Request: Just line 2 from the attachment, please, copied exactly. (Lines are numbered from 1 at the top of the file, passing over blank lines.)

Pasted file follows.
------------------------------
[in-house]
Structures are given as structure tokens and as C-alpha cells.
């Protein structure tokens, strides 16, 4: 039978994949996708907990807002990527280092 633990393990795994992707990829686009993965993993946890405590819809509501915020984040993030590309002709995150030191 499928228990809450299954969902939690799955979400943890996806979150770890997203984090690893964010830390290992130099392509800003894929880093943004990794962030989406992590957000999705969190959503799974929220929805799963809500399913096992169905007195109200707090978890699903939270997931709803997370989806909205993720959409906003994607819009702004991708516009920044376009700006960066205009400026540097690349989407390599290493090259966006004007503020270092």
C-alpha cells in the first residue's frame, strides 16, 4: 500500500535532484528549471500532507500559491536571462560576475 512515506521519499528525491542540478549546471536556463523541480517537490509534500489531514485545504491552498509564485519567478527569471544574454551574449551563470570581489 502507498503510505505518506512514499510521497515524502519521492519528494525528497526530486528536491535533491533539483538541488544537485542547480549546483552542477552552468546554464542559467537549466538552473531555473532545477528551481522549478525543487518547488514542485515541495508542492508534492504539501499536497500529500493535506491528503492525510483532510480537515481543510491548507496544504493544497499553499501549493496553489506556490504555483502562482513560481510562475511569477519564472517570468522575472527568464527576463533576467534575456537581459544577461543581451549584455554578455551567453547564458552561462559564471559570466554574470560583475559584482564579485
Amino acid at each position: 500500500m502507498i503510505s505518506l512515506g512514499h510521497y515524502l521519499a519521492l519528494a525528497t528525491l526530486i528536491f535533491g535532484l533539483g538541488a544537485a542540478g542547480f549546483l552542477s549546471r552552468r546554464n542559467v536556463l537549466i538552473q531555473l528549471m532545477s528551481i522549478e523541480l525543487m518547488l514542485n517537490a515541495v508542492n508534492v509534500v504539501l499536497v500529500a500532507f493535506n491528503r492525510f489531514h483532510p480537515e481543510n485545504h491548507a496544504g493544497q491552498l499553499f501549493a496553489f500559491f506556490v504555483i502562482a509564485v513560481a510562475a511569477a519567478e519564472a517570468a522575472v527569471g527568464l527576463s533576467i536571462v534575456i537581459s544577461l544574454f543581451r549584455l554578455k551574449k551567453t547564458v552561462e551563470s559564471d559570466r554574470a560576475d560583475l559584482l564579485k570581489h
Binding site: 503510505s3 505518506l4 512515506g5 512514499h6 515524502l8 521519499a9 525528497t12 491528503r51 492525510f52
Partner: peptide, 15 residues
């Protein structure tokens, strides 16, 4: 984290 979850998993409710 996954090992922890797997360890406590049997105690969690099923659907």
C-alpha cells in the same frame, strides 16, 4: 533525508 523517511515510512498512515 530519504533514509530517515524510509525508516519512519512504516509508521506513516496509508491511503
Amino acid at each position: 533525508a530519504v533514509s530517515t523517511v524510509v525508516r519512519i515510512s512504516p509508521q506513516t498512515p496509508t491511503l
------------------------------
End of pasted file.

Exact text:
Structures are given as structure tokens and as C-alpha cells.